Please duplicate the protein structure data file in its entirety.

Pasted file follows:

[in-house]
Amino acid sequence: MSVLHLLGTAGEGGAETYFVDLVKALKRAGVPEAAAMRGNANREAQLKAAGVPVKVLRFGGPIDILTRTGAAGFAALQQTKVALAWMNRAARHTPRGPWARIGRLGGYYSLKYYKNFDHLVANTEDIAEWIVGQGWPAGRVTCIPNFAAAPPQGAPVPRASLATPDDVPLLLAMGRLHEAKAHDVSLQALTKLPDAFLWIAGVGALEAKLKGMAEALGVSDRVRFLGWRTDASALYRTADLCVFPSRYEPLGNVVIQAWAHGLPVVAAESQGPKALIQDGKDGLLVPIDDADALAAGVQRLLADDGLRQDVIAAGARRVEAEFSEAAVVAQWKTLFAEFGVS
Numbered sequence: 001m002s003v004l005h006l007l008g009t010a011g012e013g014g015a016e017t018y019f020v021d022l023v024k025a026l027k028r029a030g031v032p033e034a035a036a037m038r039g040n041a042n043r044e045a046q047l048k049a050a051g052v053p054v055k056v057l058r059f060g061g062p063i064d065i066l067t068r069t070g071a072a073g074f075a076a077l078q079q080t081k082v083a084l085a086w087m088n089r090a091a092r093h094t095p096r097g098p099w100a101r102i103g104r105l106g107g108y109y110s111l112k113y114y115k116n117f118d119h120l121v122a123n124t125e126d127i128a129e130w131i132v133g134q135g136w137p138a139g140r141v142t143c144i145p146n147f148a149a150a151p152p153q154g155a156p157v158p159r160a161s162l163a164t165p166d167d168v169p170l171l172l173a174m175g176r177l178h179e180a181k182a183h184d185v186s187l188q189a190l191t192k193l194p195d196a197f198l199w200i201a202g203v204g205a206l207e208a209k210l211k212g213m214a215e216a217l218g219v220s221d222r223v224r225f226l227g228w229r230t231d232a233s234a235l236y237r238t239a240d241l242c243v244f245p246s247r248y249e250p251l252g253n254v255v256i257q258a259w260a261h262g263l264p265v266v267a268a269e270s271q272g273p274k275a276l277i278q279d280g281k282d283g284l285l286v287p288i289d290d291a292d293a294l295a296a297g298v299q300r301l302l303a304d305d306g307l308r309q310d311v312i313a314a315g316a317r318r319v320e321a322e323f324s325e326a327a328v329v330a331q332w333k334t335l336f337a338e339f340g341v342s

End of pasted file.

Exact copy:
[in-house]
Amino acid sequence: MSVLHLLGTAGEGGAETYFVDLVKALKRAGVPEAAAMRGNANREAQLKAAGVPVKVLRFGGPIDILTRTGAAGFAALQQTKVALAWMNRAARHTPRGPWARIGRLGGYYSLKYYKNFDHLVANTEDIAEWIVGQGWPAGRVTCIPNFAAAPPQGAPVPRASLATPDDVPLLLAMGRLHEAKAHDVSLQALTKLPDAFLWIAGVGALEAKLKGMAEALGVSDRVRFLGWRTDASALYRTADLCVFPSRYEPLGNVVIQAWAHGLPVVAAESQGPKALIQDGKDGLLVPIDDADALAAGVQRLLADDGLRQDVIAAGARRVEAEFSEAAVVAQWKTLFAEFGVS
Numbered sequence: 001m002s003v004l005h006l007l008g009t010a011g012e013g014g015a016e017t018y019f020v021d022l023v024k025a026l027k028r029a030g031v032p033e034a035a036a037m038r039g040n041a042n043r044e045a046q047l048k049a050a051g052v053p054v055k056v057l058r059f060g061g062p063i064d065i066l067t068r069t070g071a072a073g074f075a076a077l078q079q080t081k082v083a084l085a086w087m088n089r090a091a092r093h094t095p096r097g098p099w100a101r102i103g104r105l106g107g108y109y110s111l112k113y114y115k116n117f118d119h120l121v122a123n124t125e126d127i128a129e130w131i132v133g134q135g136w137p138a139g140r141v142t143c144i145p146n147f148a149a150a151p152p153q154g155a156p157v158p159r160a161s162l163a164t165p166d167d168v169p170l171l172l173a174m175g176r177l178h179e180a181k182a183h184d185v186s187l188q189a190l191t192k193l194p195d196a197f198l199w200i201a202g203v204g205a206l207e208a209k210l211k212g213m214a215e216a217l218g219v220s221d222r223v224r225f226l227g228w229r230t231d232a233s234a235l236y237r238t239a240d241l242c243v244f245p246s247r248y249e250p251l252g253n254v255v256i257q258a259w260a261h262g263l264p265v266v267a268a269e270s271q272g273p274k275a276l277i278q279d280g281k282d283g284l285l286v287p288i289d290d291a292d293a294l295a296a297g298v299q300r301l302l303a304d305d306g307l308r309q310d311v312i313a314a315g316a317r318r319v320e321a322e323f324s325e326a327a328v329v330a331q332w333k334t335l336f337a338e339f340g341v342s